Blood Father

Blood Father

(MA15+) Mel Gibson, Erin Moriarty, William H Macy

 

What do Mad Max, unconditional love, Mexican drug cartels and a misunderstanding about God’s judgment have in common? Blood Father, a sizzling, full-throttle action thriller that pulls off a rare feat. For a movie about an ex-con dad (Mel Gibson) and his messed-up daughter (Erin Moriarty) on the run from baddies, Blood Father has heart and soul among the bullets and one-liners. The violence and swearing will hit you between the eyes; so will the believable portrait of parenting problems and holding yourself accountable for what you’ve done.

Gibson might have gone way off the rails in his public/private life but the Mad Max and Lethal Weapon star makes a superb return here as hard-boiled dad, John. A trailer-park tattooist trying to stay sober and out of jail, John’s contained life is blown apart when his estranged daughter Lydia (Moriarty) shows up — hounded by lethal drug runners. Kapow! And we’re off….

 

Based on a novel by Peter Craig, Blood Father is lean, quick and smart. John’s background makes it totally believable that he is a hard-hitting, streetwise hombre (occasionally, though, he does do and say stuff which are only ever done and said by action heroes in movies). Gibson owns John, all livewire maturity and heartfelt parental devotion. He relishes the opportunity to be a tough guy who will do anything for his daughter while pulling no punches when it comes to summing up their situation, his mistakes and her complaints. John holds Lydia to the same account as he holds himself, that you can’t act in a certain way and then try to act as if none of it mattered. Yet his make-no-excuses approach to actions and consequence won’t stop him from doing anything he can to protect his little girl.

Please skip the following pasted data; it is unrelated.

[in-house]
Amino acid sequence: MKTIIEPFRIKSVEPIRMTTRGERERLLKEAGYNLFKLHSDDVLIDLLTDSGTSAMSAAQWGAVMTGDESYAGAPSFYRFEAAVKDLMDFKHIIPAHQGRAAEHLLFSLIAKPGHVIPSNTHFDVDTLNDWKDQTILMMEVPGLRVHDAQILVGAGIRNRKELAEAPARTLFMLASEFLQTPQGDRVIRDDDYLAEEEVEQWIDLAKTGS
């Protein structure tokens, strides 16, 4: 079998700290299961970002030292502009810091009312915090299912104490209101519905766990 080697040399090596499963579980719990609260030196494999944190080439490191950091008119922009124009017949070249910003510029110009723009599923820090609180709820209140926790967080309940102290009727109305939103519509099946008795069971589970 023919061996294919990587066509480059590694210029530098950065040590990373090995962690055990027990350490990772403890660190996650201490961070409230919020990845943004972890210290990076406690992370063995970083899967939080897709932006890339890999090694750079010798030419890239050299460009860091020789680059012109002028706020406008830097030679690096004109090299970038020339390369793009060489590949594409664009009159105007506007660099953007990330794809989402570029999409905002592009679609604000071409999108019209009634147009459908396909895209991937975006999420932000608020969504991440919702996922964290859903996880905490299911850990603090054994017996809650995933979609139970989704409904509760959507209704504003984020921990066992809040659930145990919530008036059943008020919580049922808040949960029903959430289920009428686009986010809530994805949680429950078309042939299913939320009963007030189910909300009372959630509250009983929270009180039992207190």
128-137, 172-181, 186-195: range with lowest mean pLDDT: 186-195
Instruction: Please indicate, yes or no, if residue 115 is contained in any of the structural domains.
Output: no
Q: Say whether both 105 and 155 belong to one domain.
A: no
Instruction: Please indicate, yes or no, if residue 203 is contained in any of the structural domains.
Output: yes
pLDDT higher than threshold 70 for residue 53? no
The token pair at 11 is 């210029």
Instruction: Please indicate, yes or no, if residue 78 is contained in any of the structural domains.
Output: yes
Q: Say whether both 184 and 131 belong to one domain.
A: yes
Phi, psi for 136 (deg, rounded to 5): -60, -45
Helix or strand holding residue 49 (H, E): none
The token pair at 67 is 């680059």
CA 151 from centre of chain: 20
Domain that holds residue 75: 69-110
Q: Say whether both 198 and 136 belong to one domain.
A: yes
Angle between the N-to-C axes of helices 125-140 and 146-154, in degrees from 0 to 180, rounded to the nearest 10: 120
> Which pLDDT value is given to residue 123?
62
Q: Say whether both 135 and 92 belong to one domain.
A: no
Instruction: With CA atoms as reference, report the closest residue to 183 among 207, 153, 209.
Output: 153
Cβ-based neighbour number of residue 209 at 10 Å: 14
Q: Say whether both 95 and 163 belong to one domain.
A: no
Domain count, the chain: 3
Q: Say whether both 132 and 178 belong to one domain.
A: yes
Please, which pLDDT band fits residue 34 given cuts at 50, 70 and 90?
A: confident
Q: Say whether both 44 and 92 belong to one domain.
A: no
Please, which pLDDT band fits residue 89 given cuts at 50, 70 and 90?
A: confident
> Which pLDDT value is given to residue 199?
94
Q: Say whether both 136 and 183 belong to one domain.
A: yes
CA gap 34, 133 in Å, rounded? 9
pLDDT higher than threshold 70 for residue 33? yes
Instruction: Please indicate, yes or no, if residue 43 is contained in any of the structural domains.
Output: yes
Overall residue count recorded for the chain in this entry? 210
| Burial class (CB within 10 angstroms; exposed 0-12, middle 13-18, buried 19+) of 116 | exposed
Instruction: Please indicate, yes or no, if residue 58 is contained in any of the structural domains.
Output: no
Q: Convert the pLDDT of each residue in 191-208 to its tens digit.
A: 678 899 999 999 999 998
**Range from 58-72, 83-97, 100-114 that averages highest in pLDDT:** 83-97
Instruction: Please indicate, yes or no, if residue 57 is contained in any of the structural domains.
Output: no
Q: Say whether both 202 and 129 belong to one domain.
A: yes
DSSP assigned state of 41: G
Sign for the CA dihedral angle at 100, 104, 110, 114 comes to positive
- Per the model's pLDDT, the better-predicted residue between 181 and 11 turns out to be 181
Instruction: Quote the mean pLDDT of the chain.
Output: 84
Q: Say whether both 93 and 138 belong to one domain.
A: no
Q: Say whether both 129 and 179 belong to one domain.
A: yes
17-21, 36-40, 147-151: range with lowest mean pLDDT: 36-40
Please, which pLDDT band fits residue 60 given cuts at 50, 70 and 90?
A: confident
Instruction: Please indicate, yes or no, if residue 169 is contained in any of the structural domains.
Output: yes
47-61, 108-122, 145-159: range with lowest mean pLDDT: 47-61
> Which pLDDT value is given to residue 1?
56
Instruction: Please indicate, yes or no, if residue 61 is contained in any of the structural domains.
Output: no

The pursuit of Lydia seems to happen in reality, not a safe world of movie fakery. As a result of such gripping intensity, Blood Father keeps us on the hook throughout a brutal snapshot of a dad and daughter living a nightmare tinged with joyful restoration of relationship. But apart from the odd convenient or far-fetched link in the chain, the doomed tale of John and Lydia sticks doggedly to the inevitability of judgment. For as much as they flee, the noose tightens. As it does, John shares some fascinating parental wisdom that betrays a significant error about the ultimate judgment John says they’ll face.

When Lydia tearfully confesses a crime to her dad, John answers: “And you’ll face God for it. And so will I,” he adds, as if summing up his entire back catalogue of sins. “But not now.” John’s referring to how he intends to keep Lydia from being killed but, then, what if he succeeds? Won’t she still, as John himself states, have to face God for what she’s done? So, what’s the difference between facing that music now — or later on? What John seems to be teaching his daughter is, as much as we say we believe we’ll be held to account by God for how we live, many of us don’t really think it will happen.

Blood Father nails plenty of things about what we might have to live with or deal with, due to what we have done. But it does a disservice to God’s judgment by almost dismissing it as a credible notion that we can choose to ignore, as if it will go away. That’s not the case, though. As the New Testament letter to the Hebrews reports: “Just as people are destined to die once, and after that to face [God’s] judgment, so Christ was sacrificed once to take away the sins of many; and he will appear a second time, not to bear sin, but to bring salvation to those who are waiting for him.”

I don’t know if John and Lydia ever heard about the reality of everyone having to face God’s judgment, and that being saved from that judgment is only possible by seeking forgiveness for sins through Jesus Christ (see also Acts 3:19-23, or Ephesians 1). I don’t know if you’ve heard about that reality. But it’s real. Mercifully, unlike the upshot of Blood Father‘s searing journey into accountability, there is good news to be had when it comes to ultimate judgment.

 

Ben McEachen is co-host of The Big Picture

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